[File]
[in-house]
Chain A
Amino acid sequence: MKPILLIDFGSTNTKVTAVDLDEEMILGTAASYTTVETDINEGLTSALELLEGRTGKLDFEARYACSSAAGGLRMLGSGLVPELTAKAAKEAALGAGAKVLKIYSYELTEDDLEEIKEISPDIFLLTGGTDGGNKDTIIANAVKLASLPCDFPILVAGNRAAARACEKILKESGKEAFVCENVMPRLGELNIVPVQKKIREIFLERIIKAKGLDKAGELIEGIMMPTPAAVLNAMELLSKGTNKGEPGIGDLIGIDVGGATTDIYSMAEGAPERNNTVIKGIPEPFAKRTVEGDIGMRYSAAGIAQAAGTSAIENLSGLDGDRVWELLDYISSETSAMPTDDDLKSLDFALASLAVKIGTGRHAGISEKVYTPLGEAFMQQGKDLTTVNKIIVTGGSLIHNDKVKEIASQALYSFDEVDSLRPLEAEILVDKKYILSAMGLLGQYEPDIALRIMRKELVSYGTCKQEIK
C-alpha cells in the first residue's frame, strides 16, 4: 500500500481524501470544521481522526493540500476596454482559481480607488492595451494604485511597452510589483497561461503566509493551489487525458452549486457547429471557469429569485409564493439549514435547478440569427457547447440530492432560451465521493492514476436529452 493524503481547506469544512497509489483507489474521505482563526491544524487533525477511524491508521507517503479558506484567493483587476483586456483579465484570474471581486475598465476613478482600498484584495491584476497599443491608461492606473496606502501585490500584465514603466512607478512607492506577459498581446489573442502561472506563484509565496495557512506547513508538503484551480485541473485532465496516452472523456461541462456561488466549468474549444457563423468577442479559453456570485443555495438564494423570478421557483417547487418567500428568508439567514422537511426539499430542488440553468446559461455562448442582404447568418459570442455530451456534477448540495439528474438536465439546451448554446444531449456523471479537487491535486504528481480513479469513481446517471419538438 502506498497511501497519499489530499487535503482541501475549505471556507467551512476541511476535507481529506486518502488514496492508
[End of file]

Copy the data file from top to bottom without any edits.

[in-house]
Chain A
Amino acid sequence: MKPILLIDFGSTNTKVTAVDLDEEMILGTAASYTTVETDINEGLTSALELLEGRTGKLDFEARYACSSAAGGLRMLGSGLVPELTAKAAKEAALGAGAKVLKIYSYELTEDDLEEIKEISPDIFLLTGGTDGGNKDTIIANAVKLASLPCDFPILVAGNRAAARACEKILKESGKEAFVCENVMPRLGELNIVPVQKKIREIFLERIIKAKGLDKAGELIEGIMMPTPAAVLNAMELLSKGTNKGEPGIGDLIGIDVGGATTDIYSMAEGAPERNNTVIKGIPEPFAKRTVEGDIGMRYSAAGIAQAAGTSAIENLSGLDGDRVWELLDYISSETSAMPTDDDLKSLDFALASLAVKIGTGRHAGISEKVYTPLGEAFMQQGKDLTTVNKIIVTGGSLIHNDKVKEIASQALYSFDEVDSLRPLEAEILVDKKYILSAMGLLGQYEPDIALRIMRKELVSYGTCKQEIK
C-alpha cells in the first residue's frame, strides 16, 4: 500500500481524501470544521481522526493540500476596454482559481480607488492595451494604485511597452510589483497561461503566509493551489487525458452549486457547429471557469429569485409564493439549514435547478440569427457547447440530492432560451465521493492514476436529452 493524503481547506469544512497509489483507489474521505482563526491544524487533525477511524491508521507517503479558506484567493483587476483586456483579465484570474471581486475598465476613478482600498484584495491584476497599443491608461492606473496606502501585490500584465514603466512607478512607492506577459498581446489573442502561472506563484509565496495557512506547513508538503484551480485541473485532465496516452472523456461541462456561488466549468474549444457563423468577442479559453456570485443555495438564494423570478421557483417547487418567500428568508439567514422537511426539499430542488440553468446559461455562448442582404447568418459570442455530451456534477448540495439528474438536465439546451448554446444531449456523471479537487491535486504528481480513479469513481446517471419538438 502506498497511501497519499489530499487535503482541501475549505471556507467551512476541511476535507481529506486518502488514496492508